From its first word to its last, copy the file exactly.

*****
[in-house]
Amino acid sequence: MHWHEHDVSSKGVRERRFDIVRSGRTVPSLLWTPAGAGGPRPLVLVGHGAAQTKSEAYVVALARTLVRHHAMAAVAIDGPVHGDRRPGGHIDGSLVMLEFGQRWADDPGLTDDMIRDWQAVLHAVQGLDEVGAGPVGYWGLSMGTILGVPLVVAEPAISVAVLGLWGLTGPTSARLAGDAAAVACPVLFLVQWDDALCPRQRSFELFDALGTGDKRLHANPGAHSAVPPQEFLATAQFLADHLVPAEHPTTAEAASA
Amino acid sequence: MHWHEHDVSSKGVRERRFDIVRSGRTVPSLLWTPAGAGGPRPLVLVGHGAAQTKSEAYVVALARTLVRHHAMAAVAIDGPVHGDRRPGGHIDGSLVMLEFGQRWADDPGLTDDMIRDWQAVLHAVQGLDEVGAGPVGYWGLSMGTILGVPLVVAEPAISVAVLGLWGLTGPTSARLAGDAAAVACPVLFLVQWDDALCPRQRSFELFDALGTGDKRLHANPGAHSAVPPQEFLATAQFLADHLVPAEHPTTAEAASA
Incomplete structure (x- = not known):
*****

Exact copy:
[in-house]
Amino acid sequence: MHWHEHDVSSKGVRERRFDIVRSGRTVPSLLWTPAGAGGPRPLVLVGHGAAQTKSEAYVVALARTLVRHHAMAAVAIDGPVHGDRRPGGHIDGSLVMLEFGQRWADDPGLTDDMIRDWQAVLHAVQGLDEVGAGPVGYWGLSMGTILGVPLVVAEPAISVAVLGLWGLTGPTSARLAGDAAAVACPVLFLVQWDDALCPRQRSFELFDALGTGDKRLHANPGAHSAVPPQEFLATAQFLADHLVPAEHPTTAEAASA
Amino acid sequence: MHWHEHDVSSKGVRERRFDIVRSGRTVPSLLWTPAGAGGPRPLVLVGHGAAQTKSEAYVVALARTLVRHHAMAAVAIDGPVHGDRRPGGHIDGSLVMLEFGQRWADDPGLTDDMIRDWQAVLHAVQGLDEVGAGPVGYWGLSMGTILGVPLVVAEPAISVAVLGLWGLTGPTSARLAGDAAAVACPVLFLVQWDDALCPRQRSFELFDALGTGDKRLHANPGAHSAVPPQEFLATAQFLADHLVPAEHPTTAEAASA
Incomplete structure (x- = not known):